Enforcement powers

In many instances the partial or full blockage of a watercourse can result in flooding to land or in the worst case properties, businesses and/or critical infrastructure. Where Gwynedd Council have been made aware of a potential blockage or obstruction to an ordinary watercourse we will look to work with all parties involved to help resolve the problem before considering the use of permissive enforcement powers. 

The key aims of enforcement in flood risk management are to ensure the proper flow of water in a watercourse and over the floodplain, the control of water levels and security of existing assets. To achieve these aims, enforcement action may be used to rectify unlawful and damaging, or potentially damaging works, always using a risk based priority approach. 

Gwynedd Council has permissive powers under Section 25 of the Land Drainage Act to ensure that appropriate maintenance is carried out by riparian landowners on ordinary watercourses. These powers can be exercised if it is deemed that a lack of maintenance or an alteration to a watercourse pose a flood risk.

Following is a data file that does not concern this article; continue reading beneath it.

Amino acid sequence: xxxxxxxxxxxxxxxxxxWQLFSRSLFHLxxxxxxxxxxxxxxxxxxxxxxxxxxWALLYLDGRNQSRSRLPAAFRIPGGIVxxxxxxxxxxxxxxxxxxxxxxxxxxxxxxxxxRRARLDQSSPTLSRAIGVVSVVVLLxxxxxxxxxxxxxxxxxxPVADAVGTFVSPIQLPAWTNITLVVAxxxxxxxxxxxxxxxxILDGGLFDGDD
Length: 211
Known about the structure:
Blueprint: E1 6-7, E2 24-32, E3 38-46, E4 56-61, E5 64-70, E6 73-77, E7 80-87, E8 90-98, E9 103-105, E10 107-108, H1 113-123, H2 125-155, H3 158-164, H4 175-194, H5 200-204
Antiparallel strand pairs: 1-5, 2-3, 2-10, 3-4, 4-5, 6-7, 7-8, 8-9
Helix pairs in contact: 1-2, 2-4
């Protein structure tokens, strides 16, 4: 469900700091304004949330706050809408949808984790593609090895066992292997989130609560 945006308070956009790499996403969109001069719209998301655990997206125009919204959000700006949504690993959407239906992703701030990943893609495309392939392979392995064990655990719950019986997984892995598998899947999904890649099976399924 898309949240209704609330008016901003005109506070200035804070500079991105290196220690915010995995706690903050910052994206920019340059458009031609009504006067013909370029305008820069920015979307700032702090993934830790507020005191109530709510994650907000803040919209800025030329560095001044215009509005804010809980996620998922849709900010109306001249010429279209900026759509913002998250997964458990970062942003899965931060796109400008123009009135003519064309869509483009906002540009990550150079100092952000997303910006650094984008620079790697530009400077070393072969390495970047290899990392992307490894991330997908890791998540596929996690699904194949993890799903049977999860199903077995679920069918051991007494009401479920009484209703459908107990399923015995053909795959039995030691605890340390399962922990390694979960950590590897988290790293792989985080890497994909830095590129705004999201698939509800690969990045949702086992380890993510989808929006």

Therefore, if a landowner carries out actions that adversely impact on the flood risk to another landowner’s property, we have the right to serve a legal notice on the responsible party to carry out remedial work to resolve the issue. It should be noted that these powers are permissive and are not a duty and as such the exercising of these powers is at our discretion. 

Exercising of permissive enforcement powers will only take place when necessary and as a last resort when all other opportunities to resolve the issue have been explored. In coming to a decision on whether to exercise its powers, Gwynedd Council will take into account: 

  • The consequences of non-compliance;
  • The past compliance performance of the offender;
  • The likely effectiveness and risk of the enforcement options; and
  • The public interest. 

A decision to take enforcement action will only be fully considered where all other avenues of communication have been exhausted and/or there is robust evidence to support that residential properties or critical infrastructure have been affected or at direct risk of flooding.